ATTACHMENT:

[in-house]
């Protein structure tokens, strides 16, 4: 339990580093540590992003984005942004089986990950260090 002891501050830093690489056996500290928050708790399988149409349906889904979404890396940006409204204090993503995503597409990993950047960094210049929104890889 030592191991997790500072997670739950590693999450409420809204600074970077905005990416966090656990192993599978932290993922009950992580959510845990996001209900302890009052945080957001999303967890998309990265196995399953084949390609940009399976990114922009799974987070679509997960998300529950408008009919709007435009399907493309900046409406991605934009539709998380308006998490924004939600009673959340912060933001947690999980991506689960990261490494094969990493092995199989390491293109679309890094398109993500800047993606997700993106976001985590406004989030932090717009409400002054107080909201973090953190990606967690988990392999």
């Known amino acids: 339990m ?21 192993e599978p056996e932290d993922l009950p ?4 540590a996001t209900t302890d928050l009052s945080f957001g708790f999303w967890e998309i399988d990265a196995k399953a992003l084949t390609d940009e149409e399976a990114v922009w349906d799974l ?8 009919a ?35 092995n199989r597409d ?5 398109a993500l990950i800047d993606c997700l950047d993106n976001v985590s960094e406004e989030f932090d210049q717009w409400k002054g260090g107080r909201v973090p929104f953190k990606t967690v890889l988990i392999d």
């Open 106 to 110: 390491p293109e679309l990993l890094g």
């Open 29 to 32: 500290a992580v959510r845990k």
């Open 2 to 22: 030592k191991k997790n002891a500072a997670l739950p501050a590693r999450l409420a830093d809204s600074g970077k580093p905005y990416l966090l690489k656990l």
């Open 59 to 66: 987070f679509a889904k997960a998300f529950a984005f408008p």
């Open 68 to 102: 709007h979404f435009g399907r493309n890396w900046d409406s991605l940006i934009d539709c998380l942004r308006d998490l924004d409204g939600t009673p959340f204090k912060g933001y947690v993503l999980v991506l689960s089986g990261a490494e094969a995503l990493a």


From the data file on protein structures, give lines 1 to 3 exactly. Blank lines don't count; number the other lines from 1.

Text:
[in-house]
């Protein structure tokens, strides 16, 4: 339990580093540590992003984005942004089986990950260090 002891501050830093690489056996500290928050708790399988149409349906889904979404890396940006409204204090993503995503597409990993950047960094210049929104890889 030592191991997790500072997670739950590693999450409420809204600074970077905005990416966090656990192993599978932290993922009950992580959510845990996001209900302890009052945080957001999303967890998309990265196995399953084949390609940009399976990114922009799974987070679509997960998300529950408008009919709007435009399907493309900046409406991605934009539709998380308006998490924004939600009673959340912060933001947690999980991506689960990261490494094969990493092995199989390491293109679309890094398109993500800047993606997700993106976001985590406004989030932090717009409400002054107080909201973090953190990606967690988990392999």
């Known amino acids: 339990m ?21 192993e599978p056996e932290d993922l009950p ?4 540590a996001t209900t302890d928050l009052s945080f957001g708790f999303w967890e998309i399988d990265a196995k399953a992003l084949t390609d940009e149409e399976a990114v922009w349906d799974l ?8 009919a ?35 092995n199989r597409d ?5 398109a993500l990950i800047d993606c997700l950047d993106n976001v985590s960094e406004e989030f932090d210049q717009w409400k002054g260090g107080r909201v973090p929104f953190k990606t967690v890889l988990i392999d």